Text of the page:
This past Valentine’s Day brought with it, as it often does, scores of articles about love and romance. But rather than celebrate its usual counterpart — marriage — we celebrated something new: singlehood. Single women, to be exact.
The rise of the single woman is hardly something to celebrate. She represents the culmination of a decades-long revolution that has chipped away, relentlessly and insidiously, at the traditional family unit. First it was motherhood, now it’s marriage.
Before I write more, let me be clear: There is absolutely nothing wrong with being single. Being single, by definition, is not a flaw; and it requires no justification. What is wrong is when feminists use this very purposeful trend to try and upend a centuries-old global institution that serves millions of adults — and their children — exceedingly well.
In the widely read November 2011 Atlantic cover story, entitled “All the Single Ladies,” singleton Kate Bolick declares that “it’s time to embrace new ideas about romance and family — and to acknowledge the end of traditional marriage as society’s highest ideal.” And her latest piece, published this weekend in the Wall Street Journal, is titled “For Women, Is Home Really So Sweet?” In it, Bolick compares home ownership for single women to society’s high opinion of marriage. (Hint: They’re both overrated.)
Just some articles by a frustrated woman? Hardly. Bolick’s “All the Single Ladies” — which has been “recommended” 51,000 times on Facebook — is being made into a television series. So now the young people of America will get this message crammed down their throats every week. That should make for some good partnerships down the road, don’t you think?
Indeed, Bolick is in good company — not just with Hollywood but with like-minded pontificators such as Hanna Rosin, who wrote a similar article last year called “The End of Men” – also in The Atlantic, and also widely read. The online version of this article incorporates a video in which Rosin (and her daughter) conclude, while sitting at a table opposite her son and (very emasculated) husband, that “girls are better than boys.” And we can’t forget one of the liberal media’s favorite professors, Stephanie Coontz. In an article last week in The New York Times, entitled “The M.R.S and the Ph.D.,” Coontz exalts the ascension of women and suggests they resign themselves to marrying down.
Then there are articles that aren’t so well-known — such as last month’s cover story in Boston magazine, entitled “Single by Choice.” The smaller caption reads, “This is Terri. She’s successful, happy, and at 38, just fine with never getting married. Ever.” It’s enough to make the average person think there’s something fundamentally wrong with the married state.
Which, of course, is the point.
Unlike women such as Condoleezza Rice, who quietly lead unconventional lives without a trace of resentment toward their fellow men, feminists are inherently insecure women who demand validation for their unusual choices. They do this by implying the so-called rise of women is a great thing — and proof that marriage is an outdated, patriarchal institution. At an event in Washington D.C., Bolick and Rosin appear together to do just that. Rosin, in her trademark elitist and condescending fashion, had this to say: ”Having reported a lot on Christian conservatives, I can tell you they get married, like, as soon as they fall in love and, you know, it’s probably because they can’t have sex unless they’re married — which is not the case for most of us.” (Envision lots of insulting facial gestures, as well as laughter coming from the audience.) Just imagine if I were to say in a similar forum, “Yeah, you know how those Jews are.”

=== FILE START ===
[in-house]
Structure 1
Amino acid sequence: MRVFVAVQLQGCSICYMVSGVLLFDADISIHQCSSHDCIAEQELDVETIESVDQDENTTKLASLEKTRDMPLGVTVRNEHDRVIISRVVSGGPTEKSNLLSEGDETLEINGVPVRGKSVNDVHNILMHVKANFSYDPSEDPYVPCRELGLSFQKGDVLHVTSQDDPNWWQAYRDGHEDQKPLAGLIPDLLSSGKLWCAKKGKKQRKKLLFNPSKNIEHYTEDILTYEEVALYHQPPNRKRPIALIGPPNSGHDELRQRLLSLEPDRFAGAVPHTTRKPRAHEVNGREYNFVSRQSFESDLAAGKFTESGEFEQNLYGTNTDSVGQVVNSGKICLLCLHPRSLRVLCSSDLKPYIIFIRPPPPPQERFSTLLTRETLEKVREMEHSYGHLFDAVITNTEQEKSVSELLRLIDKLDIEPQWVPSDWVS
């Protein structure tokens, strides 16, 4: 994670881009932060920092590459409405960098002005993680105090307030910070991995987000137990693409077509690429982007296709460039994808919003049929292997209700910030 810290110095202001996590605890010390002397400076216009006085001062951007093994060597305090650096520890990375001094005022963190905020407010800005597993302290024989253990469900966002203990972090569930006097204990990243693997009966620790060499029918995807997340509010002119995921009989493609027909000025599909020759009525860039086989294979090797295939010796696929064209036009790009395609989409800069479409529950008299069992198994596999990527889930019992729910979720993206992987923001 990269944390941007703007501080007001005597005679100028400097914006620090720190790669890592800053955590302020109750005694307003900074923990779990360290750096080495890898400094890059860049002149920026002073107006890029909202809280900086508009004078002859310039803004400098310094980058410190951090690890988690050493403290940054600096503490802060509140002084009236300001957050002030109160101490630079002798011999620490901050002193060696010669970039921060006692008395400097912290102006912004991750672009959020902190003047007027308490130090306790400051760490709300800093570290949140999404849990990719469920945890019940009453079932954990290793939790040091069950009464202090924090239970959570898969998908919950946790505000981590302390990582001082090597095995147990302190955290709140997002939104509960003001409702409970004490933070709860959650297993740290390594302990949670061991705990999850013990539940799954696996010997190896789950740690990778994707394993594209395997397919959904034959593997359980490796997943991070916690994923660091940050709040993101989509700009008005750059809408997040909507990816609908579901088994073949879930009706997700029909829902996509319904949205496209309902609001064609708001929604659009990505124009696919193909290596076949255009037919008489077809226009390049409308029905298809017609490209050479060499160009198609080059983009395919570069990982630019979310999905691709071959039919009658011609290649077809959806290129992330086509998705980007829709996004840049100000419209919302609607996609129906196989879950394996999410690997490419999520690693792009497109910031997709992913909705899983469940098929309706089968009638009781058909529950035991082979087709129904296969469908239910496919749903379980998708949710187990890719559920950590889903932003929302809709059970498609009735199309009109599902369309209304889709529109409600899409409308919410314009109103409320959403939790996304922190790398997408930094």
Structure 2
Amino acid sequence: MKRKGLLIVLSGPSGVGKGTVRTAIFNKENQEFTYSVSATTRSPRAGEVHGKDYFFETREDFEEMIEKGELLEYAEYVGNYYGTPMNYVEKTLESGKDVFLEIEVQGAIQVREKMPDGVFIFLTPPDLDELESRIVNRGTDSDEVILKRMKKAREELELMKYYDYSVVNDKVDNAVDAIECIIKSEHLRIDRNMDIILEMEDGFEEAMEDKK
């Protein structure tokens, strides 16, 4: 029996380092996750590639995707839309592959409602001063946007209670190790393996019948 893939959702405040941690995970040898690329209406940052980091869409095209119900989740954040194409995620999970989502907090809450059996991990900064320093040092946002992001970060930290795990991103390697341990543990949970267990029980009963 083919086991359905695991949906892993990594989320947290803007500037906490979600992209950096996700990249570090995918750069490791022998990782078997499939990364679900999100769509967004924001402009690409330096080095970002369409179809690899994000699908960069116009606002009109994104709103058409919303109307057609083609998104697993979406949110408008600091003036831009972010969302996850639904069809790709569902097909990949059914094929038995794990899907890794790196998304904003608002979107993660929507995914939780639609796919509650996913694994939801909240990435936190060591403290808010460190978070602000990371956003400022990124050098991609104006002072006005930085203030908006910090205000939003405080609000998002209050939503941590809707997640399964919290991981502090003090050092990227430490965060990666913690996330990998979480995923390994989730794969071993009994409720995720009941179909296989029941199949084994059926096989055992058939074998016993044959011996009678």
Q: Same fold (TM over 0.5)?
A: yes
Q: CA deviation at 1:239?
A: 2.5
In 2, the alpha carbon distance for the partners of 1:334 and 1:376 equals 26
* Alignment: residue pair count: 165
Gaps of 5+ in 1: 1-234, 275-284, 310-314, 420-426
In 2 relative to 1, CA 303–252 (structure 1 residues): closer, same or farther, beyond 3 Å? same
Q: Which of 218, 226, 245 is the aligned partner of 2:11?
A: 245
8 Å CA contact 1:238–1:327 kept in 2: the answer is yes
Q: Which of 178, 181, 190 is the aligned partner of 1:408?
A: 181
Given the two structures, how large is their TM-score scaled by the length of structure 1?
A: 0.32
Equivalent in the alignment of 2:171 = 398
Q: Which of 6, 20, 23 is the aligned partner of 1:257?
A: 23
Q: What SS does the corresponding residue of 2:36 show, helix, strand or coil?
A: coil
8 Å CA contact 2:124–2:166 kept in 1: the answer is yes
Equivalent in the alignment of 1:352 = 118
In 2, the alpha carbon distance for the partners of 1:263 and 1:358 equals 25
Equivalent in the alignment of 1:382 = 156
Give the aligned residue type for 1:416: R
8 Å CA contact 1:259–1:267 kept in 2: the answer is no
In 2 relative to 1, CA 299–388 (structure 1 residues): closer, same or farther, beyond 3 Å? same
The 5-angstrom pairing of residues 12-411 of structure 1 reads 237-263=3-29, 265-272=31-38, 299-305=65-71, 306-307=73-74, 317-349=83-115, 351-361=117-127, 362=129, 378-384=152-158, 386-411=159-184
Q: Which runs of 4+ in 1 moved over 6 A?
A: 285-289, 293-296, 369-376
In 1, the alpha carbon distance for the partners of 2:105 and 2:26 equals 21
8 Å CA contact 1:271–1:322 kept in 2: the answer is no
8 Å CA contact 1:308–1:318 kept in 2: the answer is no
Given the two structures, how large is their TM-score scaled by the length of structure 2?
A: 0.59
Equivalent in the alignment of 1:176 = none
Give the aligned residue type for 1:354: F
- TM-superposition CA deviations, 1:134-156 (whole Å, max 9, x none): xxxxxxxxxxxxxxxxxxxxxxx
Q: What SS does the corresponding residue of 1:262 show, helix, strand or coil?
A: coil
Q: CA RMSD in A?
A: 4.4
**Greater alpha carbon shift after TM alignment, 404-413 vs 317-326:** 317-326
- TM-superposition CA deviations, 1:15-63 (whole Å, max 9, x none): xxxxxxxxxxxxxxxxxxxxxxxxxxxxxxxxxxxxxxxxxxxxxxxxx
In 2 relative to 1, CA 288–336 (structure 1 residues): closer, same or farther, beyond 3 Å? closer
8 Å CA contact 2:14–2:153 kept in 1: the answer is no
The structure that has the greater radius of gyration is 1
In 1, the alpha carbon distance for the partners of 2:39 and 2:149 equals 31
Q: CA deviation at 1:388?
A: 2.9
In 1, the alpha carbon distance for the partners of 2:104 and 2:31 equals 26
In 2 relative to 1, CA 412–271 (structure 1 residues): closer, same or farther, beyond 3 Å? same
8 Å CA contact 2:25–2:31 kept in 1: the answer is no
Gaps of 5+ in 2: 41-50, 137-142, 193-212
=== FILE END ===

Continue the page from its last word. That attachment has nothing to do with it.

High-profile feminists such as Bolick, Rosin, and Coontz celebrate the ascension of women as though it were a win-win. But the fact that today more women than men get college degrees and have good jobs is nothing to smile about. ”The good news about women is accompanied by bad news about men, which also turns out to be bad news for women,” writes Wall Street Journal columnist James Taranto.
The “bad news” about men is always couched in the context that men aren’t “manning up,” or doing what’s necessary to be responsible adults. Perhaps they aren’t — they’re certainly retreating from marriage, that’s for sure. The question is, why? And the answer is simple. With premarital sex a foregone conclusion and cohabitation on the rise, men live the good life with no responsibilities. Moreover, women have made it clear they don’t need a man to support them, to be happy, or even to become a mother. The result is that men become slackers.
And those so-called empowered women feminists created? Many learn, eventually, that they were cruelly misled. Millions of women find that they do, in fact, want to stay home with their babies when they’re young and therefore need a husband with a good job. But by that time, it’s too late. Their husbands have been schooled in the art of feminism just as they have and expect their wives to go to work and “pull their weight.”
And that’s just the women who were fortunate enough to find husbands in the first place. Others put off marriage indefinitely — until they decide they want a baby. Trouble is, they can’t find men who are willing to marry them.
To repeat what James Taranto put so astutely in his WSJ article: Happy Valentine’s Day.
— Suzanne Venker is co-author of the book The Flipside of Feminism: What Conservative Women Know – and Men Can’t Say, and author of an upcoming book about modern marriage. Her website is www.suzannevenker.com.